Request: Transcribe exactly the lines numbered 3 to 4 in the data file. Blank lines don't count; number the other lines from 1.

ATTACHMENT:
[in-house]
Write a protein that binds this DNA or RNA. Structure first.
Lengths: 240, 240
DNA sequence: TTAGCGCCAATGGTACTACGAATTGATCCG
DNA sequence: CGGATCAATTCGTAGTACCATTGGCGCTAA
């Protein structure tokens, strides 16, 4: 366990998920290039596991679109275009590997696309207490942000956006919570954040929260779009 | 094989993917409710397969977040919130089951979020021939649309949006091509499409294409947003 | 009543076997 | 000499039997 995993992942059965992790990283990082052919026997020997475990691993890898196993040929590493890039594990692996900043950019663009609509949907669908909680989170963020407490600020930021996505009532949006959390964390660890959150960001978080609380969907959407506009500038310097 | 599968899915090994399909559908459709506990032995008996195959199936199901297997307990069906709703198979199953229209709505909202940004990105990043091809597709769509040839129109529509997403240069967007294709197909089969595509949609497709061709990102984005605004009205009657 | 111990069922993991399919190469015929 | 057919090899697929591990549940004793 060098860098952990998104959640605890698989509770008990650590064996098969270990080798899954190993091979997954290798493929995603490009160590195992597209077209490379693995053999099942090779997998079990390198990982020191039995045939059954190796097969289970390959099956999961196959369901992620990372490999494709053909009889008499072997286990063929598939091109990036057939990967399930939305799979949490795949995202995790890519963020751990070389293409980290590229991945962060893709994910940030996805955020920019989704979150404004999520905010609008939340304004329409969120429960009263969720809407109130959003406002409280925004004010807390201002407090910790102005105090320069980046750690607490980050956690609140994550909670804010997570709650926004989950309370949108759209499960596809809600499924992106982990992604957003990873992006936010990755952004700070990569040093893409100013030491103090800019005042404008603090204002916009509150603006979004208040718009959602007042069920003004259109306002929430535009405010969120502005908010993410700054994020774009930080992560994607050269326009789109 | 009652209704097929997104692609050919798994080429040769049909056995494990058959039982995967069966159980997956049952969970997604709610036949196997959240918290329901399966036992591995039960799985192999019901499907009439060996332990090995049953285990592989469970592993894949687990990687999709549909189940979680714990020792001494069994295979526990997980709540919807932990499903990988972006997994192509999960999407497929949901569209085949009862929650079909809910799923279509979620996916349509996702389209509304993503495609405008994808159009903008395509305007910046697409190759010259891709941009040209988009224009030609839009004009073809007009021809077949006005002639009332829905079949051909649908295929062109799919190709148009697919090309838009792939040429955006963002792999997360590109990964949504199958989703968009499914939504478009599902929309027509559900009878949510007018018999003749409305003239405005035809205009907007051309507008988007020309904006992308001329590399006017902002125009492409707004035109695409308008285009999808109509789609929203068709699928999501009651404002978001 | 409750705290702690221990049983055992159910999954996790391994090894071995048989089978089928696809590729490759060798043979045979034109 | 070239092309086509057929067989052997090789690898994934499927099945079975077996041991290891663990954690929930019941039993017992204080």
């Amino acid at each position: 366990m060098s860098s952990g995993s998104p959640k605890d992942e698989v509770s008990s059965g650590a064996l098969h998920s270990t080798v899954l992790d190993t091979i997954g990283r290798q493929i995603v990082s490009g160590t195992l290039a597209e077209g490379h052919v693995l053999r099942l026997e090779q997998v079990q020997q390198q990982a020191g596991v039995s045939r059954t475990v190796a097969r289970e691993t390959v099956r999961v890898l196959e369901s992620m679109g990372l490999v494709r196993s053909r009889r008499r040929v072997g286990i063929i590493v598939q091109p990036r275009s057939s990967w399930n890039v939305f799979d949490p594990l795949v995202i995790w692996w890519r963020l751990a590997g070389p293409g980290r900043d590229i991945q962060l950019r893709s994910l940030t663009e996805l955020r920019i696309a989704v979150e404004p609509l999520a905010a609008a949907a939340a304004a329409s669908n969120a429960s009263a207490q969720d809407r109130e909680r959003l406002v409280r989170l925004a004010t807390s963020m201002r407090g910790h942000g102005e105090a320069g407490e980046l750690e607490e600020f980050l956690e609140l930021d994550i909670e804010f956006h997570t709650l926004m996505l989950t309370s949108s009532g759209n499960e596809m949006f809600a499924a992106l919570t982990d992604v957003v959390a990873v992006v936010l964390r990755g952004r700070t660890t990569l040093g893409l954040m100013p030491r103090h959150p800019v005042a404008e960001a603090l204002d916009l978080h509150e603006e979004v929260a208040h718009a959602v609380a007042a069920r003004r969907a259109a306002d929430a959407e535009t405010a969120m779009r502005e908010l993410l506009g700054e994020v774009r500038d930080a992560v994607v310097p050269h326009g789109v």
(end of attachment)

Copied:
Lengths: 240, 240
DNA sequence: TTAGCGCCAATGGTACTACGAATTGATCCG